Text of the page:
Jewish Journal


December 1, 2005

Choose Your Own Cruise Adventure


Cruising isn't what it used to be. And to the more than 10 million people who took to the high seas last year, that's a good thing.

While cruising used to be considered a venue for "the newly wed or nearly dead," 21st century cruising is attracting an entirely new audience, according to Tom Margiotti of Cruise One, a cruise broker. Margiotti sees the average traveler as more experienced, better read and more sophisticated than ever before.

"Cruise lines have done a fantastic job of figuring out what their customers want, and giving it to them," he said.

This includes providing an unprecedented range of choices in everything from dining to special interest activities to meet that demand.

In surveying a cross section of cruise lines, from mid to high end, here are the latest trends in cruising:

Dining Your Way

It used to be that first or second seating were your only options when it came to dining. Not any more. Princess Cruises offer guests a choice of dining in the ship's main dining room, or in one of several themed freestanding restaurants onboard. Norwegian Cruise Lines "freestyle" program takes that idea a step further, allowing passengers to dine whenever they like with whomever they choose. And the traditional formal night is now "formal optional."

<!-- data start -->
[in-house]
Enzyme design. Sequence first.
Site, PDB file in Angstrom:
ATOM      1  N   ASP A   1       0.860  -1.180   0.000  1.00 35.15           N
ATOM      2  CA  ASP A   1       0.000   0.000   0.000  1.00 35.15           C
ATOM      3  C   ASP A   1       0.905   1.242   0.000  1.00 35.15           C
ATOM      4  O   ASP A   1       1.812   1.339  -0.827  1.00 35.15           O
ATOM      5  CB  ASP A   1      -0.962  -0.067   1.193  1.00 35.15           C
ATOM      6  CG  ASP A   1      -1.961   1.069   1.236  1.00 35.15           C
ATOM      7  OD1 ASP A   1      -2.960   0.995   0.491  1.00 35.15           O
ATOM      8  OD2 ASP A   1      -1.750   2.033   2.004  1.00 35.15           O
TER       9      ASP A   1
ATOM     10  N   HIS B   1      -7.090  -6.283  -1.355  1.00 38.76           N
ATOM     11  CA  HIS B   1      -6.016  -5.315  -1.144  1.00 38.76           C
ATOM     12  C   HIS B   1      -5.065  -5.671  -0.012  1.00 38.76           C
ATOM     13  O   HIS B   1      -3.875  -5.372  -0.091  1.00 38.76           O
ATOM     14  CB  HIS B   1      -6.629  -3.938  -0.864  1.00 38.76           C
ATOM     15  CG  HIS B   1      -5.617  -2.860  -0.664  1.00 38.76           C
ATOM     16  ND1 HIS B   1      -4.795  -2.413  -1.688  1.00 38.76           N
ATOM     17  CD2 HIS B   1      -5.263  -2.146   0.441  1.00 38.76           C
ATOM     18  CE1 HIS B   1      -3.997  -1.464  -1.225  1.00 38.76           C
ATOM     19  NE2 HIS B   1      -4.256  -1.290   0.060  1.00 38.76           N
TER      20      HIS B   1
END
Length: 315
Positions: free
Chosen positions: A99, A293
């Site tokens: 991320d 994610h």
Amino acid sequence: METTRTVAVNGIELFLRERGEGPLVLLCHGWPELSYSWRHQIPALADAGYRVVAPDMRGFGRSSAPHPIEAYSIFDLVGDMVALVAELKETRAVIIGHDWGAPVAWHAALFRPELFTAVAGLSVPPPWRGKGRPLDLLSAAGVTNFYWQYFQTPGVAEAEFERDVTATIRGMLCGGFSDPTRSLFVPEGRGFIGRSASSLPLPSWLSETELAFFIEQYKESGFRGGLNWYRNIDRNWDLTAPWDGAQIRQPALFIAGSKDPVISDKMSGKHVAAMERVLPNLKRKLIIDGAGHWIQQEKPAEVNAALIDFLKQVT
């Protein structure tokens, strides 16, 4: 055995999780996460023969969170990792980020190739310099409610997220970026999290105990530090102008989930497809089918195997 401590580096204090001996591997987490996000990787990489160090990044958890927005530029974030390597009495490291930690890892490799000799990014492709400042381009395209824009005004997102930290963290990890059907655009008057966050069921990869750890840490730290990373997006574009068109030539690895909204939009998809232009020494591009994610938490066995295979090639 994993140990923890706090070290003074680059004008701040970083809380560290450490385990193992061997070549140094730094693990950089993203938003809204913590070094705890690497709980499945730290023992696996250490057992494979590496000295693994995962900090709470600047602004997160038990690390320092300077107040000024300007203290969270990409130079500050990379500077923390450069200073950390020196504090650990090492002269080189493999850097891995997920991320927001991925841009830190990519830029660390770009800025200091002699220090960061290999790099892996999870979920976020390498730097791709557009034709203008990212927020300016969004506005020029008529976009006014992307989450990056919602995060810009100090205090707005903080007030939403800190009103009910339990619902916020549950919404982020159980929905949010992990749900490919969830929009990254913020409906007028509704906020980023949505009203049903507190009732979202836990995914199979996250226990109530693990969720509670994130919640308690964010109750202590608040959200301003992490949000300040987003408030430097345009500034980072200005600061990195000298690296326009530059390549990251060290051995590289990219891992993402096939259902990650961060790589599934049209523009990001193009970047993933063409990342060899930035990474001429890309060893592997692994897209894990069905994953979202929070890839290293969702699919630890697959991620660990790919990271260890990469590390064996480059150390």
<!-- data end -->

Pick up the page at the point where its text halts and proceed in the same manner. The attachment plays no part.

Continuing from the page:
Healthful Cruising

You don't have to gain weight on a cruise unless you really want to. The majority of cruise lines now feature a menu of healthful selections at every meal, including vegetarian entrees.

Spas at Sea

Luxury spas, with a full range of exotic treatment options, are becoming commonplace on new ships. Fitness facilities have evolved as well, now often comparable to full-service land-based fitness centers, complete with personal trainers and the latest work out equipment.

Staying Active

Interested in rock climbing? Feel like shooting a few hoops or strapping on your roller blades? You can do all that, and more, aboard many of today's newer ships. For example, Royal Caribbean's Voyager-class ships offer guests a rock-climbing wall, ice skating rink, in-line skating track, basketball court, golf course and virtual golf simulator.

Adventures Aboard and Ashore

If you think the typical shopping and sight-seeing excursions sound ho-hum, you have options. How about scuba diving, snorkeling, dog-sledding, sea-kayaking, white-water rafting, mountain biking, helicopter glacier adventure, fishing, hot-air ballooning, and golfing at world-class golf courses? Weaving eco-tourism and soft-adventure opportunities into cruise itineraries is the wave of the future.